Thursday, June 14, 2007

A Change is Gonna Come

Here's a very good article by David Conn in yesterday's Grauniad about the reducing numbers of people following the West Indies at this summer's tests.

Coincidently there's an excellent documentary on TV this Friday (originally shown on BBC4) which is based around the 1976 West Indies tour. That was the series of Tony Grovel, Brian Close using his chest as a bat, Vivian Richards scoring about seven thousand runs at an average of four hundred and the awesome sight of 'Whispering Death' - Michael Holding at The Oval.

The programme puts the series in its social history context. 1976 was the time of the rise of the 'sewage' (the National Front, to give them them their official title) SUS laws (SUS? - ask your parents) Steven Biko and Black Conciousness and the Notting Hill Riot at the end of the summer. The programme suggests that black people in the UK took strength from the West Indies team and used it as inspiration in their own struggles against the forces of oppression and reaction.

Dig out your old 'Rock against Racism' T shirt, unzip a can of Red Stripe, watch the programme and and have 'Handsworth Revolution' keyed up to play on your Dansette once its finished!

It might sound a rather trite statement, but Test cricket needs a strong West Indies side. There are few better sights than a Windies batsman in full flow, taking apart even the most consistent attack, or a couple of quick bowlers terrorising a previously imperious batting line up. In the same way that Irish rugby players are often described as the 'soul' of Lions touring squads, then the West Indies are the 'soul' of world cricket. The body can survive without one, but it's a pretty maudlin and unemotional body.

It's been a long term decline as key players have retired and and no one has taken their place, but the catalyst that has provoked everyone in the world of cricket to start facing up to reality has been the sudden retirement of Brian Lara. All the time Lara was there, his presence could paper over some of the cracks. IIf Lara had been playing at Old Trafford for example, the fourth innings run chase would have taken on an entire different complexion from the word go. There would have been genuine concern in the England camp that if he got going and posted a big hundred then the target would be perfectly attainable.

Two effects therefore -

1) England could breathe a little easier knowing that it would have taken something totally extraordinary for the target to be reached

2) The West Indies now have to adapt to life without Lara - Chanderpaul's long haul effort and the support he got from Bravo, Ramdin and Sammy shows that realisation is sinking in.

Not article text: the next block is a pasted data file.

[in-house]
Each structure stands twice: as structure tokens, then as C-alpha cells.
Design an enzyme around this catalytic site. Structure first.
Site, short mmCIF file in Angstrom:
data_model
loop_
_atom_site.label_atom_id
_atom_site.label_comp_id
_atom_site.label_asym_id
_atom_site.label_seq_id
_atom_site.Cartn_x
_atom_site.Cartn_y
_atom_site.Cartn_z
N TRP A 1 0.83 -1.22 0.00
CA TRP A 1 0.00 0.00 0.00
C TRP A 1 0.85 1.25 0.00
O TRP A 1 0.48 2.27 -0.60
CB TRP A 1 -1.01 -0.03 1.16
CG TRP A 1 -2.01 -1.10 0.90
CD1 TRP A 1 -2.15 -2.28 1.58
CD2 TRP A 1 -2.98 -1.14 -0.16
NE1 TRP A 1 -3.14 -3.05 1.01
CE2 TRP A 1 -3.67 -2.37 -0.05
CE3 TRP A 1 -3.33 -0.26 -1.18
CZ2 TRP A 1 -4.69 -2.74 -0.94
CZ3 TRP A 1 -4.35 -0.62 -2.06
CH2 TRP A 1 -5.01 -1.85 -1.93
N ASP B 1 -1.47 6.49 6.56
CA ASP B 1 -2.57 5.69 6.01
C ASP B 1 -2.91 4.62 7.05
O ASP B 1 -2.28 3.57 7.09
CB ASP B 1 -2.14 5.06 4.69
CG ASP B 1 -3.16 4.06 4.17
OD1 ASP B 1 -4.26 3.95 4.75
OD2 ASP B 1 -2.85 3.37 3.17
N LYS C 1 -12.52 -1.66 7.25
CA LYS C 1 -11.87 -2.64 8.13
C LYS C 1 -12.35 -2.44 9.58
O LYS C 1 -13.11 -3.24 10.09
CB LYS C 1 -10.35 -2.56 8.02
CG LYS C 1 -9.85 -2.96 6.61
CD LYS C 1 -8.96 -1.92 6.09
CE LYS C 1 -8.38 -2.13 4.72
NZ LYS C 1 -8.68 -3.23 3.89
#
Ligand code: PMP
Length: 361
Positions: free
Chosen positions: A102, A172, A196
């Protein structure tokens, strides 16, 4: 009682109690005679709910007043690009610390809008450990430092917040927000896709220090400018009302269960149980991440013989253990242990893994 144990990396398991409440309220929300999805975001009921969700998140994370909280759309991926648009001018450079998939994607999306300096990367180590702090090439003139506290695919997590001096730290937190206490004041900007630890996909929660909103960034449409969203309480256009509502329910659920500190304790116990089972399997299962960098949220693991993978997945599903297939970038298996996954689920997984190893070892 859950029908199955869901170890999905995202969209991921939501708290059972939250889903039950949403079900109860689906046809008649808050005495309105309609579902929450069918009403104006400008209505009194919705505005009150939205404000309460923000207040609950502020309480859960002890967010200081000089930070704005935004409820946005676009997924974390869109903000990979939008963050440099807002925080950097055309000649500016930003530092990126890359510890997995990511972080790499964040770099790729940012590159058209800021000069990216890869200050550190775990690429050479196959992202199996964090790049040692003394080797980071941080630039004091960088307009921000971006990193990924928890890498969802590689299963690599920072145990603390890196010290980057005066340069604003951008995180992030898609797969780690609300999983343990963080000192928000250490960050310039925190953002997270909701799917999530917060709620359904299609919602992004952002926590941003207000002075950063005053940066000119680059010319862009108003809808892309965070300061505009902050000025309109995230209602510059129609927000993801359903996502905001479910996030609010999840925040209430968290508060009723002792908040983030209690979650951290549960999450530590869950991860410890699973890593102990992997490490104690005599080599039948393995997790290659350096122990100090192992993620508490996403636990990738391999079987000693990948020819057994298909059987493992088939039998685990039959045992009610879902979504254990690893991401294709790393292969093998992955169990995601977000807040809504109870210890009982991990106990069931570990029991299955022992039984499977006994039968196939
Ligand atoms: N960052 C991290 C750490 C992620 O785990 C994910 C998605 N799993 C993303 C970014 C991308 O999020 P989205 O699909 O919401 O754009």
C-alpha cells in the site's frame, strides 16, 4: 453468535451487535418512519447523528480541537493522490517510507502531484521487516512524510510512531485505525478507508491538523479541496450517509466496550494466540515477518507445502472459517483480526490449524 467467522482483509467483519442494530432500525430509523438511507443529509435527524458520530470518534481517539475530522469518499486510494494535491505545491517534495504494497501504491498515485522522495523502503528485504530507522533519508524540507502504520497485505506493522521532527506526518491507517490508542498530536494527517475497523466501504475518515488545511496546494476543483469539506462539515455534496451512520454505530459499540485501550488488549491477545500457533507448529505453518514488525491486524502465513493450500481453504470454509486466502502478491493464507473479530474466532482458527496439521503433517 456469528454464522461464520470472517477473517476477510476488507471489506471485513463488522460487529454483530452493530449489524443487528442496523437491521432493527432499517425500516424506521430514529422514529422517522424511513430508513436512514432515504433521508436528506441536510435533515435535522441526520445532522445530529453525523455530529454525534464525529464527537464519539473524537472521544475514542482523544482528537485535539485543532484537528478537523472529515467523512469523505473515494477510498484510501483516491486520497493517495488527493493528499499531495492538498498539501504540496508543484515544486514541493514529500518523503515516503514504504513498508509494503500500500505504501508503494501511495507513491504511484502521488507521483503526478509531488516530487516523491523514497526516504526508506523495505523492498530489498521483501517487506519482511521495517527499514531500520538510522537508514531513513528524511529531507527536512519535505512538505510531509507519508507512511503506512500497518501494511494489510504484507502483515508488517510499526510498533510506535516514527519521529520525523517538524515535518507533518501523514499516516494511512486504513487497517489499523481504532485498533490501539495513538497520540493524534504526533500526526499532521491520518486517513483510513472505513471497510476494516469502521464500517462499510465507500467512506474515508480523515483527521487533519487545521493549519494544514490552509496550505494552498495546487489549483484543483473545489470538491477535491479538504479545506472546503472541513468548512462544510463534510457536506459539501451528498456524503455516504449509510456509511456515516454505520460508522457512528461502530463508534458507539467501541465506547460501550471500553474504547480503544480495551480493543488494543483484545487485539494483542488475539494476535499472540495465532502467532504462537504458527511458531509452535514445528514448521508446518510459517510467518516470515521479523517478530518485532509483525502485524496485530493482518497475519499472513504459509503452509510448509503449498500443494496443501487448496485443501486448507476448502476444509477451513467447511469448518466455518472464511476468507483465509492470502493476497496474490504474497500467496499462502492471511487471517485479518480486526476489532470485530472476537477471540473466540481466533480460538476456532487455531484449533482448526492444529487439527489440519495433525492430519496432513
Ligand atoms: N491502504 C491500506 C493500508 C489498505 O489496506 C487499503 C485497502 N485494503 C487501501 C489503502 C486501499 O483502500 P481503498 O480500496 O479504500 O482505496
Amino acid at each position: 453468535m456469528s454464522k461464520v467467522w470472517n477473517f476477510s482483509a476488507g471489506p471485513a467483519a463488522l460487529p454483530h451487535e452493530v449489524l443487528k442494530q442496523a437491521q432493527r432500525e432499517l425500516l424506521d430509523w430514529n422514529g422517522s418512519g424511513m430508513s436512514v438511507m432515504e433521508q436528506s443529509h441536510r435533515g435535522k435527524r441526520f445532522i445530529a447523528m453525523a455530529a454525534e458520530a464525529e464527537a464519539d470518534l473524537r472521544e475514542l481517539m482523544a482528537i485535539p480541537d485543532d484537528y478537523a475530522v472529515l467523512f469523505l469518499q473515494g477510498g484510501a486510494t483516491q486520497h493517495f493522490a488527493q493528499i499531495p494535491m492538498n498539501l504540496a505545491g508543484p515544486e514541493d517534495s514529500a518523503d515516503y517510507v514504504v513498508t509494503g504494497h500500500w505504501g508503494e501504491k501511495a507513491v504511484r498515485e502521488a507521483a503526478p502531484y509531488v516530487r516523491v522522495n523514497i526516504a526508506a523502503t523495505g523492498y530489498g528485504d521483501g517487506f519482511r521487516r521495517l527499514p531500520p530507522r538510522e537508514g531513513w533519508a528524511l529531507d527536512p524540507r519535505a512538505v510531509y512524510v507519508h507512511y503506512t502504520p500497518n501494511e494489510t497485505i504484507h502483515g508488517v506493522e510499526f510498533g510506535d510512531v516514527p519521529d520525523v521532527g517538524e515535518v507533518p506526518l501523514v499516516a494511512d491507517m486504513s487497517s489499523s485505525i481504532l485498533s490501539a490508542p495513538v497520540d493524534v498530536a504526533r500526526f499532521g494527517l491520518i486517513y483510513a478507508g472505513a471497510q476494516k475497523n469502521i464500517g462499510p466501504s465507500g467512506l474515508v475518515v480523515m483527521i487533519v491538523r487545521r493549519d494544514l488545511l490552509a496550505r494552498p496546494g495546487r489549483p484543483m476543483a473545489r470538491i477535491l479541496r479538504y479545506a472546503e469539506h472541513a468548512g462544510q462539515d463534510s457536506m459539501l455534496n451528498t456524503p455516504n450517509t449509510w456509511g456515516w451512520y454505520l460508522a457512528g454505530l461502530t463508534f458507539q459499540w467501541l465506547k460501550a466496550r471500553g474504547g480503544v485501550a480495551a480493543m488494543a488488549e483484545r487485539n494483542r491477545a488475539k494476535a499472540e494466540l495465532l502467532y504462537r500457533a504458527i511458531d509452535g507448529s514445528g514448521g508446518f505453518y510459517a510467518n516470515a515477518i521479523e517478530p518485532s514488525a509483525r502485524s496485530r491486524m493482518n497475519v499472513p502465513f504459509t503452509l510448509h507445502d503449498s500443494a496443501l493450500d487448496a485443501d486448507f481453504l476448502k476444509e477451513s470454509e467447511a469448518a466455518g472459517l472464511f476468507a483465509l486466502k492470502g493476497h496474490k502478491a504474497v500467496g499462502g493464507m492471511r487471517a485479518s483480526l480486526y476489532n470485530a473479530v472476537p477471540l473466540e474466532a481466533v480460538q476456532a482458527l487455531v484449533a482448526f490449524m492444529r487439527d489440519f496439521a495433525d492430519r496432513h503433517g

It's probably not exagerating to say that the current position is so fragile that a three year bad spell of results and performances echoing those in the Headingley test (and the first three days at Old Trafford) could seriously threaten the West Indies status as a test playing entity.

So what of the future? In addition to the Chanderpaul inspired rearguard at Old Trafford, there are a few positive signs that maybe the current decline isn't going to prove terminal. Probably the strongest sign has been the reaction of ex West Indies internationals on our TV screens to what's been going on in this series. Viv Richards, for example, has almost been omnipresent on television over the past couple of weeks. Sir Viv is a very proud man. Whilst he's saying all the diplomatic things in public, you can bet your bottom dollar than inside he's seething. It's becoming increasingly clear that, along with Jimmy Adams and Michael Holding he's reached the point of 'something must be done - and quickly'

The other positive sign is of the dollar variety. Allen Stanford is a Texas billionaire who, in his own words, 'wanted to prove that something positive for the world could actually come out of Texas'. In the past couple of years Stanford has pumped huges amounts of money into Antiguan cricket - more money than any individual has given to the sport since Kerry Packer. He sponsored and paid for the Stanford 20/20 tournament that was on Sky TV last year, and has now centrally contracted seventeen cricketers and will fund their progress and development.

It doesn't take much of a stretch to believe that if that kind of largesse can be extended to the other Carribbean islands, and harnessed to the drive and determination of a whole host of ex-internationals then, in a few years time, the West Indies could be a force in world cricket again.

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